Main Article Content
One of the main functions of church leadership in the New Testament is to help people participate in ministry by serving others. However, church leaders may find it difficult to motivate lay volunteers, and even church staff, to do so. What are the factors that motivate ministry involvement? This paper examines the possible role affective organizational commitment (the degree of emotional attachment to an organization) and work engagement (the degree to which one is immersed in and energized by one’s work) as motivating factors. A study of church members involved in ministry (N =336), including both lay volunteers and paid staff, was conducted to test whether both affective organizational commitment and work engagement predict ministry involvement. The results indicate that both organizational commitment and work engagement contribute to predicting ministry involvement of church staff and lay members. This relationship is true regardless of gender, tenure in the church, or church size. Work engagement is especially important for paid staff compared to lay volunteers. These results indicate that church leaders need to not only encourage commitment, but also to make sure that ministry is engaging for those who are serving.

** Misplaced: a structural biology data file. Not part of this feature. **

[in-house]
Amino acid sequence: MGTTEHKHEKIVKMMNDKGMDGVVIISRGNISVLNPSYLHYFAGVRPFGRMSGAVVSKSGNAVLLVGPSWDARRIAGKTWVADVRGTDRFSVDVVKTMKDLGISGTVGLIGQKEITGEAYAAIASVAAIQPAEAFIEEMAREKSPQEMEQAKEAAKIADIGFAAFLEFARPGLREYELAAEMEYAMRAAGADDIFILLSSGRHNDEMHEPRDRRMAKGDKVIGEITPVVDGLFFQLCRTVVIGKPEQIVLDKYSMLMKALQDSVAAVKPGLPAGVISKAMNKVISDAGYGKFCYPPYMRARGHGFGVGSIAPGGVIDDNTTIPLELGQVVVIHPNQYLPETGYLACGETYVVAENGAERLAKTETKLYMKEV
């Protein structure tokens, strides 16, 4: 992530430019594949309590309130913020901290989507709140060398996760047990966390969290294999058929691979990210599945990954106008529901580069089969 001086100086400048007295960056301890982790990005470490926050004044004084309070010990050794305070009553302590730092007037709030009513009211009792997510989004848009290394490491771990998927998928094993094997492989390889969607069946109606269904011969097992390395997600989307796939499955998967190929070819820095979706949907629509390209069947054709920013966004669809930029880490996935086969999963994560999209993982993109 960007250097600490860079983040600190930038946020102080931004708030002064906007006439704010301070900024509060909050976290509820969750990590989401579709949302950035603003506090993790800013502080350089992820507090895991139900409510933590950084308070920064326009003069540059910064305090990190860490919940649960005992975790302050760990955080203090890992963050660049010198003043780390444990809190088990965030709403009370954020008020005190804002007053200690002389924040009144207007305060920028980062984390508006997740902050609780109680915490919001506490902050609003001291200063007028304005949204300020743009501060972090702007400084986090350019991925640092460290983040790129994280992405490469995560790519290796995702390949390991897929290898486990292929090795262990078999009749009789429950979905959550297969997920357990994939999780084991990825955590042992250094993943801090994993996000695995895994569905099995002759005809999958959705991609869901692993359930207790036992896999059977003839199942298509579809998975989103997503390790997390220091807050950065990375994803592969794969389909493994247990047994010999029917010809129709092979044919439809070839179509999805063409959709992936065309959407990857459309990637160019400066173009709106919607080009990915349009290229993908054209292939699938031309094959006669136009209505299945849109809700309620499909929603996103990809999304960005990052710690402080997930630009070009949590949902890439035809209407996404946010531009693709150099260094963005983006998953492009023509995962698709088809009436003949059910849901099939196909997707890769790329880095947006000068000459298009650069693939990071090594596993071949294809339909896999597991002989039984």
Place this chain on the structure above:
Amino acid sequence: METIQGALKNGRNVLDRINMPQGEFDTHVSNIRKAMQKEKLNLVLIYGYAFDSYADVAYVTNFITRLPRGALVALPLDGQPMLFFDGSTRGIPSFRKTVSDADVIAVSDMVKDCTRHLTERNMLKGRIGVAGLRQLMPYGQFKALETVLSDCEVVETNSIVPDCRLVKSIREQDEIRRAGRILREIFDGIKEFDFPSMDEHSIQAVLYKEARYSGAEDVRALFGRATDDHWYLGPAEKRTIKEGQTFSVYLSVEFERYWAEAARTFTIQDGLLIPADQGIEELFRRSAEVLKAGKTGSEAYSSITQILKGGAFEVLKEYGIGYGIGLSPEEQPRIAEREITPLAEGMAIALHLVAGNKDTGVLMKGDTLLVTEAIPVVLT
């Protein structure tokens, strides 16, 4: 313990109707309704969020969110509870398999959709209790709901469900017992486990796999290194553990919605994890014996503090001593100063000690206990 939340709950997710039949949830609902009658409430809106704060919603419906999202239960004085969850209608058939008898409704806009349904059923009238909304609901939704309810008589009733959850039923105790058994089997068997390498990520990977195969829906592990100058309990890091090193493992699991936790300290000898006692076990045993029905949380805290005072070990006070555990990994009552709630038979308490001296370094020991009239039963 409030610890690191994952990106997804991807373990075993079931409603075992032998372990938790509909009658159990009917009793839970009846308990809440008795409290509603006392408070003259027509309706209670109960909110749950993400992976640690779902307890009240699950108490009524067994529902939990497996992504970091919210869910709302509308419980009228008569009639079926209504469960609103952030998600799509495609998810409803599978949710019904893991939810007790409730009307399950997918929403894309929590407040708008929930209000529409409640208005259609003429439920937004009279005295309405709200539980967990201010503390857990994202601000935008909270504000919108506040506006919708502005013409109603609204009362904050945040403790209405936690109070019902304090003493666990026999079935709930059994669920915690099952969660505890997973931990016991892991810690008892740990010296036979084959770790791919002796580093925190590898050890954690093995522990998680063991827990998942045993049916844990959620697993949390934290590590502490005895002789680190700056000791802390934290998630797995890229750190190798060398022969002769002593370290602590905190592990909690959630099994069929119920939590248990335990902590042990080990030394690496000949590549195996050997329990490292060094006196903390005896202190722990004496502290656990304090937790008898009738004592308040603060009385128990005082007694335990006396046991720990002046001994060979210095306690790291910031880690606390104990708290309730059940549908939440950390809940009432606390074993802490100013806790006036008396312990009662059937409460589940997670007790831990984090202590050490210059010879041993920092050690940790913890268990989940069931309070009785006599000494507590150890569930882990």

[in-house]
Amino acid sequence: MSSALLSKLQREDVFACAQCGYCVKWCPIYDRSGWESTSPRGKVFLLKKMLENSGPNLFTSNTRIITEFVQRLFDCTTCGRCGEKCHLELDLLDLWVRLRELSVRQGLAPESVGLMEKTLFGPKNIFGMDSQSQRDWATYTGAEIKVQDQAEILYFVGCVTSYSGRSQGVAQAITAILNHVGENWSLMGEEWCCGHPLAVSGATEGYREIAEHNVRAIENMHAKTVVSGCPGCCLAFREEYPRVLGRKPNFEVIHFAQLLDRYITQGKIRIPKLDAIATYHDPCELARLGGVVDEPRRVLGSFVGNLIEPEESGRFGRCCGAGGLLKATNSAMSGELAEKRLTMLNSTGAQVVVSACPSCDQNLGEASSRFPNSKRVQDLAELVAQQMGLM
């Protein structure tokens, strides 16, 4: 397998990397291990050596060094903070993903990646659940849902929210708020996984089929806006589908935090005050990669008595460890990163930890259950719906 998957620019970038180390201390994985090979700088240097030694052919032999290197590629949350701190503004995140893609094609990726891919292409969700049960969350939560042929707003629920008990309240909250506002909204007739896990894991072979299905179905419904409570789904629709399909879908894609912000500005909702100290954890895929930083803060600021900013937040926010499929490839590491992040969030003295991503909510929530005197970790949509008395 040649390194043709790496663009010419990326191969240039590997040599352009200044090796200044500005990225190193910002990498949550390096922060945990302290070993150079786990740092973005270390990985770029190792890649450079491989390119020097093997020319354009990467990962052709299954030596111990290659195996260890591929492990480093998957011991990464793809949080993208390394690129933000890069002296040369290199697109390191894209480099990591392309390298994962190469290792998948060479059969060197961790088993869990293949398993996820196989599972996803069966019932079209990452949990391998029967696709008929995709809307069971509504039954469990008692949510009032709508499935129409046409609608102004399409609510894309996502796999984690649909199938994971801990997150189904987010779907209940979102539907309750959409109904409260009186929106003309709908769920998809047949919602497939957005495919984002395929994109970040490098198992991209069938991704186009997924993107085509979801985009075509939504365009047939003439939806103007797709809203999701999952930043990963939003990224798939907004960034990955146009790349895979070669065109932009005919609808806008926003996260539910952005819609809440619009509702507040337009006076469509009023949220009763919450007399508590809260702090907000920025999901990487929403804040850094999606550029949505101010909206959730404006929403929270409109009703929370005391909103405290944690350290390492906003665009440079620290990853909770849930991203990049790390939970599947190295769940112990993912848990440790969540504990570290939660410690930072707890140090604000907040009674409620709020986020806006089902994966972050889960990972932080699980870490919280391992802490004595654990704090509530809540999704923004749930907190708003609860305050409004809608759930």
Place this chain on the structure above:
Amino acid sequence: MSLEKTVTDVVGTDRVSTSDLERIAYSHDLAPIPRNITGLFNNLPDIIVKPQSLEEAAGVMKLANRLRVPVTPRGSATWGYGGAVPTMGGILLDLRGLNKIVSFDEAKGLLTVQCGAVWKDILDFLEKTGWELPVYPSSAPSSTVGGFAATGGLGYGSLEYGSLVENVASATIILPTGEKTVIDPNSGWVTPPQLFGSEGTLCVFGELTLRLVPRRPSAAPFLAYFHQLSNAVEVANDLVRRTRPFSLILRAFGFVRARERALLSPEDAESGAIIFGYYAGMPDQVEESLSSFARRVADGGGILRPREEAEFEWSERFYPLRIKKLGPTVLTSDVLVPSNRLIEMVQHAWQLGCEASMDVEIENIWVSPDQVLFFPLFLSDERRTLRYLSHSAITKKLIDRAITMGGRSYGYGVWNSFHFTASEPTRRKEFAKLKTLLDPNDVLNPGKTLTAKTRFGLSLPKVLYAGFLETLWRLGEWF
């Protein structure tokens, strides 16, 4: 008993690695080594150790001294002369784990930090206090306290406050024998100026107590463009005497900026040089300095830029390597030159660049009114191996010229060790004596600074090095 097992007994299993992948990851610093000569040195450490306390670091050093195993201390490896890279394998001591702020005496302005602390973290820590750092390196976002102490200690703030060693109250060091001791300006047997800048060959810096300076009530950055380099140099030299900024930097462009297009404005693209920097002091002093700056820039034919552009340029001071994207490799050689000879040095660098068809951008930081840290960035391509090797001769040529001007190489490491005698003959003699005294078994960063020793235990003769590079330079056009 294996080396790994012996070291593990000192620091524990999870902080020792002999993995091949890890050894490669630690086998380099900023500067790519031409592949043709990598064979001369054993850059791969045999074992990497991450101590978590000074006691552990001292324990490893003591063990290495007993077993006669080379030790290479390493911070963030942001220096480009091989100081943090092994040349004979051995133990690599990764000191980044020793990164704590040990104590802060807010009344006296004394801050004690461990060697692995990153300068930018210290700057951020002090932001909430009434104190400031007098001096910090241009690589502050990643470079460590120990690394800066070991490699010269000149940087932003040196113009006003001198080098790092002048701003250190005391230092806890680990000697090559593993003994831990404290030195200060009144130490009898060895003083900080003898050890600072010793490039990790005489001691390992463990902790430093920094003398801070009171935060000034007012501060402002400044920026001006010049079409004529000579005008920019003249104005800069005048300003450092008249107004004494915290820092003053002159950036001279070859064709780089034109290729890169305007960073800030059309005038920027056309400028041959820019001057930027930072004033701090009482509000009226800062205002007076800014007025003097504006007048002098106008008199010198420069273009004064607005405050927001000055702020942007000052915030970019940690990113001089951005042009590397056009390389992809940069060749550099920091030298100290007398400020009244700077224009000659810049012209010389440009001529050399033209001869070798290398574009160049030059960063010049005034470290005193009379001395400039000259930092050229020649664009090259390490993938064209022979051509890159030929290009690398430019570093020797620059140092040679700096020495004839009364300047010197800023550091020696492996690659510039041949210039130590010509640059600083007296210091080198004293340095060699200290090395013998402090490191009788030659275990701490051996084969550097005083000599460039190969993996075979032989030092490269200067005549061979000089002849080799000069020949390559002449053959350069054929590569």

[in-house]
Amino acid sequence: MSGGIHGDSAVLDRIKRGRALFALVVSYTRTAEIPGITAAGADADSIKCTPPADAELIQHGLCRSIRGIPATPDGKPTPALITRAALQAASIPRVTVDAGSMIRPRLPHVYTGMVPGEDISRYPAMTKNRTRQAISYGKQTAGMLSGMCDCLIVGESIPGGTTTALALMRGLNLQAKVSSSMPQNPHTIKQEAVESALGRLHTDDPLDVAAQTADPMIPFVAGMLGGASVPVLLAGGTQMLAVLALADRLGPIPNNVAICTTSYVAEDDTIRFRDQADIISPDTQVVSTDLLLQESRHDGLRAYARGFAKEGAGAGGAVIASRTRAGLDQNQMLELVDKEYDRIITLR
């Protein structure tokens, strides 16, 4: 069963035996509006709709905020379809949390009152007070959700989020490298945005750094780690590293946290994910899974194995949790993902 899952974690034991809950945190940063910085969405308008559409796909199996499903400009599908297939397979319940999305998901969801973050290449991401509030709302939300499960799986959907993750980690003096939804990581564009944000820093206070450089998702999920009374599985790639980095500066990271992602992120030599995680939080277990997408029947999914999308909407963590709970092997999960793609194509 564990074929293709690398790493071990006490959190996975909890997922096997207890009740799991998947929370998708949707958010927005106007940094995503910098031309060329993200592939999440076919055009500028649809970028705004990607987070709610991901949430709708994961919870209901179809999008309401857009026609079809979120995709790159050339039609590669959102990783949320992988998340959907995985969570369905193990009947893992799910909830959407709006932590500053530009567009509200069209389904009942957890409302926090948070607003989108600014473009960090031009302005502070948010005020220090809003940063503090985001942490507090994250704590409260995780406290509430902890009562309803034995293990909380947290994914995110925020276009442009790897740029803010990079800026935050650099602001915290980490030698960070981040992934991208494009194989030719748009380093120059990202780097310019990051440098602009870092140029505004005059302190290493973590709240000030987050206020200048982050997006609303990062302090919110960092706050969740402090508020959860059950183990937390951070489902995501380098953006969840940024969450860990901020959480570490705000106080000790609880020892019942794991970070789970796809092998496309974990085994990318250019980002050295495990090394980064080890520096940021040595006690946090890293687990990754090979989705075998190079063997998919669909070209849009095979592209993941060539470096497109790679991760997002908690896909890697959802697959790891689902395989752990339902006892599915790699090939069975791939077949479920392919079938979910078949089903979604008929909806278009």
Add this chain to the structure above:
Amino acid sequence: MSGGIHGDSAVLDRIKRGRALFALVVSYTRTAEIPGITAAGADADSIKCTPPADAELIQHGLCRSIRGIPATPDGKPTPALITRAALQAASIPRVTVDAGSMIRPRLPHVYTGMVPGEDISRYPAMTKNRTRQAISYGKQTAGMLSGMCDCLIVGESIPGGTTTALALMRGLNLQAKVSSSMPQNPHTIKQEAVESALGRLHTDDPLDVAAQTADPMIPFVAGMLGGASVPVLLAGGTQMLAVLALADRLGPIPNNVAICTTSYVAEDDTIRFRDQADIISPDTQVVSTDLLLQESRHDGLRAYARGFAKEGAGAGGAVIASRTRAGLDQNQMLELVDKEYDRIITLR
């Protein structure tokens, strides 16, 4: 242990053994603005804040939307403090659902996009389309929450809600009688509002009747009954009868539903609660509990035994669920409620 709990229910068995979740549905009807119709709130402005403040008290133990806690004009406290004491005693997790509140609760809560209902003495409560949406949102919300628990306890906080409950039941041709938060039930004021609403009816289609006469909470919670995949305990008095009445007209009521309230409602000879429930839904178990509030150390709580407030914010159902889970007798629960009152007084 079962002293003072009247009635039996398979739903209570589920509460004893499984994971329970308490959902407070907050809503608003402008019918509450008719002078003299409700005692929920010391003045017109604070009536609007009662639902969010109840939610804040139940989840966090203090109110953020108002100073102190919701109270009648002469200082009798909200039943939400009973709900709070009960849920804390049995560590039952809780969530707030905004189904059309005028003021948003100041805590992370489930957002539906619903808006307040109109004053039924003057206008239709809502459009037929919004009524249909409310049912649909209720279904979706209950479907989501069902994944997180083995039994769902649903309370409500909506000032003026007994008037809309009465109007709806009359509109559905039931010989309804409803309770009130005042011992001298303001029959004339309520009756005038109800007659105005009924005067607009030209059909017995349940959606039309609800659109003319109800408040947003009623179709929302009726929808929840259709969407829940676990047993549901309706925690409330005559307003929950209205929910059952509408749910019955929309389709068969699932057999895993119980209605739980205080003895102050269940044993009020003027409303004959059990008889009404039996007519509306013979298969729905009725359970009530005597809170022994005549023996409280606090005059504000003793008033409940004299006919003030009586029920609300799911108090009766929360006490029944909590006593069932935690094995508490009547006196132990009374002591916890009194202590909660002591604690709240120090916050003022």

This work is licensed under a Creative Commons Attribution-NonCommercial-NoDerivatives 4.0 International License.
Published contributors to the Theology of Leadership Journal (TLJ) retain copyright of their contributed material. However, by submitting an article, book review, or any other creative content for publication the author is granting permission to the TLJ to publish said material in perpetuity without cost, compensation, or royalty; and, distribute the material in compliance with Creative Commons Attribution-NonCommercial-NoDerivitives 4.0 licensing.